In this test and this one, I showed that you could get the colors of developed files from the Sony a7RIV, the Nikon Z7, and the Fujifilm GFX 100 reasonably close if you used Lumariver Profile Designer, and the reproduction style. The a7RIV and the Z7 were remarkably statistically accurate and even closer to each other than they were to a perfect result.
Lumariver — quite wisely, I think — separates the calibration of the camera (which gets you to the reproduction styles) and the specification of the “look” of any output-referred image coming from the application of the profile. A logical question is, how well does this work in practice?
To find out, I took the same set of test images made using the CC24 target, and the same set of training images using the CCSG target, and the same flat field images from the above-linked tests. I made new profiles using the Lumariver Default style, which is among other differences from the reproduction style, is more chromatic and has a nonlinear tone curve.
The results were surprising to me.
Here are is the overall mean Delta-E 2000 errors, compared to the previous tests:
The Lumariver Default bars are on the right. Notice that, although the Z7 was basically tied for most accurate in the two reproduction profiles, it’s the worst in the Default profile set.
If you look at the rms Delta-E 2000 errors, which penalize outliers more, it’s the same thing:
And if we look at mean chroma errors, we can see that there are more chroma differences with the Lumarive default profile than with the two reproduction profiles:
Now let’s look at the chromaticity differences in pairwise comparisons between the three cameras.
I can’t find any rhyme or reason to these plots. For some of the patches the images from two cameras show nearly the same chromaticity, albeit different chromaticity from the correct one (indicated by the circles). In some cases the pairs of cameras show quite different renderings of the same patch.
Here are the statistics for the errors with respect to the reference:
For those of you who don’t remember them, I’ll include row descriptions the the end of this post.
Here’s how the cameras do when compared only to each other, not to the reference.
This is passing strange. Look at the mean Delta-E 2000 line. The closest camera pair with the reproduction profile was the a7RIV/Z7. With the Lumariver Default profile, they are virtually tied for worst, and the GFX100/a7RIV pair, which was tied for worst with the reproduction profile, is a clear first here.
I think it’s safe to say that, at least in this case, the promise of separating the desired look from the color filter array characteristics of the camera has not been realized.
Here’s an explanation for the rows.
Mean Delta E is the average CIELab delta E. Since Delta E can never be negative, errors in one direction don’t cancel out errors in another.
Mean Delta L is the average difference in the CIELab and CIELuv vertical (luminance) channel. Positive Delta L means that the output is brighter than it should be. Negative Delta L means that the output is darker than it should be. Thus Delta L is good for detecting systematic luminance bias.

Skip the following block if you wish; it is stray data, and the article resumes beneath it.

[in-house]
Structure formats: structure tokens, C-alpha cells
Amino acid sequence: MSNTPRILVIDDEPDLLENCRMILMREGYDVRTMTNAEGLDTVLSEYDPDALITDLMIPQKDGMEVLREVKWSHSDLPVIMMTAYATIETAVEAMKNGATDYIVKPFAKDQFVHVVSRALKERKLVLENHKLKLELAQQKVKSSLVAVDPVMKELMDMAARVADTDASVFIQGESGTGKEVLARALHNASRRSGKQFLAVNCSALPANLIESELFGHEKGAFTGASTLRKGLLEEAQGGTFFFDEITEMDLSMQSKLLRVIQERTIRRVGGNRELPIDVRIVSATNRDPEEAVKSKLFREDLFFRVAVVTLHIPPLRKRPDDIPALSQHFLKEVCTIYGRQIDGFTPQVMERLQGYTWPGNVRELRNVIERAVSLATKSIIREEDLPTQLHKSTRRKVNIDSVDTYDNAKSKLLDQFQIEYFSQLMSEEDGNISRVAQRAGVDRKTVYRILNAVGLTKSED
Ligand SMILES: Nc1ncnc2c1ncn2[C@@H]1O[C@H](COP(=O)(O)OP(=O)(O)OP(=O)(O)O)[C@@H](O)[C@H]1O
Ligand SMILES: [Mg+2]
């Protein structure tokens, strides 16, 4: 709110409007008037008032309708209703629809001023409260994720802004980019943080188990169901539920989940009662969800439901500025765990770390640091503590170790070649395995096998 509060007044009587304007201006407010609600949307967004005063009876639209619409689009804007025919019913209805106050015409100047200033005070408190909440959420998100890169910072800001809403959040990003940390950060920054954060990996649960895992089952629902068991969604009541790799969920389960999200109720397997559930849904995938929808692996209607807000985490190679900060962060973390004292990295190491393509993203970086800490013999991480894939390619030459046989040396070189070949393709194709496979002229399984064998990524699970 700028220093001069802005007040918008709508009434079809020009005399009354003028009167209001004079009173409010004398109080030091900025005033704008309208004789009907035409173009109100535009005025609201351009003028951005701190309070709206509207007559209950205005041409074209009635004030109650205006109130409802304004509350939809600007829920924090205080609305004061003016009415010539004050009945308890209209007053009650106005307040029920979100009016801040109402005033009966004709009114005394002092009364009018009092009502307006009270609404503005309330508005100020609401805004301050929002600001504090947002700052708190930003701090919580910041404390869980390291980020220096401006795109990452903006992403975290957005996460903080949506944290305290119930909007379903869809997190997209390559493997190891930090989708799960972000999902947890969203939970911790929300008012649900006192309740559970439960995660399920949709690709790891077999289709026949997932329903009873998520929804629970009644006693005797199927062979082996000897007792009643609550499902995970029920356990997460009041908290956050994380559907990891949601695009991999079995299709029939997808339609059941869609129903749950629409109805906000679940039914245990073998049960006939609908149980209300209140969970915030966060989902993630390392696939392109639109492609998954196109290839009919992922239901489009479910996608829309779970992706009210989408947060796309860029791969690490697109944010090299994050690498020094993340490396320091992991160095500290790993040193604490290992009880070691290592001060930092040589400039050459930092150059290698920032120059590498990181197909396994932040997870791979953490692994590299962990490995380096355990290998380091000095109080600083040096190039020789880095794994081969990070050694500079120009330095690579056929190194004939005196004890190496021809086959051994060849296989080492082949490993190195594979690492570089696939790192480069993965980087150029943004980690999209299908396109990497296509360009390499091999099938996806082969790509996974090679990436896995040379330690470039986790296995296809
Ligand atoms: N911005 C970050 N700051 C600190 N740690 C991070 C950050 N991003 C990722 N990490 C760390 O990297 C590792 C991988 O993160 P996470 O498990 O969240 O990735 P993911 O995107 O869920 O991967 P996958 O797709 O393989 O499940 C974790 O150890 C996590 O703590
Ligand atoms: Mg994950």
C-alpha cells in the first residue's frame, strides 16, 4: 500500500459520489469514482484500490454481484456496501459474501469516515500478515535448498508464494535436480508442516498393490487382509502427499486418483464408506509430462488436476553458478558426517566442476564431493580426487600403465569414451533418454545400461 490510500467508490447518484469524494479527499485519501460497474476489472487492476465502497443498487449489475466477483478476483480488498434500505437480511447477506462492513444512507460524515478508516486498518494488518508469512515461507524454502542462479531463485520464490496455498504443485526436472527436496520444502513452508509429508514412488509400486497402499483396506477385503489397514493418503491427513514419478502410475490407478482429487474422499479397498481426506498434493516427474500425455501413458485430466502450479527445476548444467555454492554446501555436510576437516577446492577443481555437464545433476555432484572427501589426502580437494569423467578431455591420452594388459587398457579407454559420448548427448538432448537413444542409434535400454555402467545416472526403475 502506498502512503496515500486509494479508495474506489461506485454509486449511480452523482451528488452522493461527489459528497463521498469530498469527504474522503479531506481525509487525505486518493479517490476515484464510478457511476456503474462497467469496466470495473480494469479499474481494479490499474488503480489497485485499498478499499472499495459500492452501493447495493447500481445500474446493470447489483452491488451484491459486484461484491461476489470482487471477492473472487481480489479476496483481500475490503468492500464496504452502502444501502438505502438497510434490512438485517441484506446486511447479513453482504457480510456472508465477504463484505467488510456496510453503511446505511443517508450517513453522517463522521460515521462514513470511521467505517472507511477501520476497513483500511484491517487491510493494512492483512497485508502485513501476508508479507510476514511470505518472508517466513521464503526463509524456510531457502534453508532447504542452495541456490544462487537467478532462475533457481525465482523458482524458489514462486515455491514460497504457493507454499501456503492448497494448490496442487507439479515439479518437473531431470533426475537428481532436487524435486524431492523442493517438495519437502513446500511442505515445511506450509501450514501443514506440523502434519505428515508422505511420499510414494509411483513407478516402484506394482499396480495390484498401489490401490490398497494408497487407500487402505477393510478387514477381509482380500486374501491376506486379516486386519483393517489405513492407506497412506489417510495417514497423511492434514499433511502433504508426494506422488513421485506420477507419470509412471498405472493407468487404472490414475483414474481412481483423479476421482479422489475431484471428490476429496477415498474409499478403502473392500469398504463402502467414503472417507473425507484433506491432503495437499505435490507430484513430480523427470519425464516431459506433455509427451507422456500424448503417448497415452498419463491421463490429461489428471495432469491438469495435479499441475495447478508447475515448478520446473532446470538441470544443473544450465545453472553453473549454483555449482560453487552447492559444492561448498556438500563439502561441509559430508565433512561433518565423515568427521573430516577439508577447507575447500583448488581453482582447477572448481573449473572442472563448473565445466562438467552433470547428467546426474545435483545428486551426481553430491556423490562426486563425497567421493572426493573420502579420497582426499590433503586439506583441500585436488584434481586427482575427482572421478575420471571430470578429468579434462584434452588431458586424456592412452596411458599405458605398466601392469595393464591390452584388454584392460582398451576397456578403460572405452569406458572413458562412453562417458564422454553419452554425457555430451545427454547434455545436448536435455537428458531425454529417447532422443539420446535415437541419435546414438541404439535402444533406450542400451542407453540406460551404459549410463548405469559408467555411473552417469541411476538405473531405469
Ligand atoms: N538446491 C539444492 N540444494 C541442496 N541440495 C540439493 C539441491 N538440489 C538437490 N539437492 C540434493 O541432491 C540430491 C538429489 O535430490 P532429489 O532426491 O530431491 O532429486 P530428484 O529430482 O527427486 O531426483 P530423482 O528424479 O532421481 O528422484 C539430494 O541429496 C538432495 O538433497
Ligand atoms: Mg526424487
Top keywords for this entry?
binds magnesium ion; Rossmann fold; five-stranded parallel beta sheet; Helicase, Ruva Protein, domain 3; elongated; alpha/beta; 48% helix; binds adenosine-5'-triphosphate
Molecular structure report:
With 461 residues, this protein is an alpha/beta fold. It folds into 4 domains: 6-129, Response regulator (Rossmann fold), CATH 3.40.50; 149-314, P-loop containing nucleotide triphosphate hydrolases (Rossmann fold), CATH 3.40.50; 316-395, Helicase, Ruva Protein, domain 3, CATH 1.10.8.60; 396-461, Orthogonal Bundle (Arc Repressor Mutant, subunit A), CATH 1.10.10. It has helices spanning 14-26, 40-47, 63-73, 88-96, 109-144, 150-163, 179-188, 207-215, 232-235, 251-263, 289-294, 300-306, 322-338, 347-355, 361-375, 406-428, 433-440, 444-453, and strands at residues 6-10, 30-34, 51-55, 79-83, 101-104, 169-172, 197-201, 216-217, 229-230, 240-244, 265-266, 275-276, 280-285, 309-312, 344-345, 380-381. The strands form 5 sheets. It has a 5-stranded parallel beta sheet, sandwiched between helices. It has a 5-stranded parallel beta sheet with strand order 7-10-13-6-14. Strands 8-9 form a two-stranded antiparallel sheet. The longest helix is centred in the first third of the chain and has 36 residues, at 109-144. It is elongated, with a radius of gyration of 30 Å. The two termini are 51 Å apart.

Mean Gray Delta L is the average difference in the CIELab and CIELuv vertical (luminance) channel for the 6 gray patches. Positive Gray Delta L means that the output is brighter than it should be. Negative Gray Delta L means that the output is darker than it should be. Thus Gray Delta L is good for detecting systematic luminance bias in the gray axis.
Mean Delta A and B are the average differences in the CIELab and CIELuv a and b channels. Positive Delta A or B means that the output is redder or yellower than it should be. Negative Delta A or B means that the output is bluer or more cyan than it should be. These measures are good for detecting systematic color balance bias.
Mean Delta Cab is the average chroma error measured in Lab. A positive number means that the output colors are more saturated than they should be. A negative number means that the output colors are less saturated than they should be.
Mean Non-Gray Delta Cab is the average chroma error measured in Lab for the 18 chromatic patches. Mean Non-Gray Delta Cuv is the average chroma error measured in CIELuv for the 18 chromatic patches. A positive number means that the output colors are more saturated than they should be. A negative number means that the output colors are less saturated than they should be. The sigma metrics track the standard deviation of the 18 samples.
Mean Delta Hab is the average hue angle error measured in Lab, expressed in degrees. The gray patches are excluded from this measure, since their target hue angle is undefined. A positive number means that the output colors have a hue angle higher than they should have. A negative number means that the output colors have a hue angle lower than they should have. Mean Delta Huv is the same measure in CIELuv. The sigma metrics track the standard deviation of the 18 samples.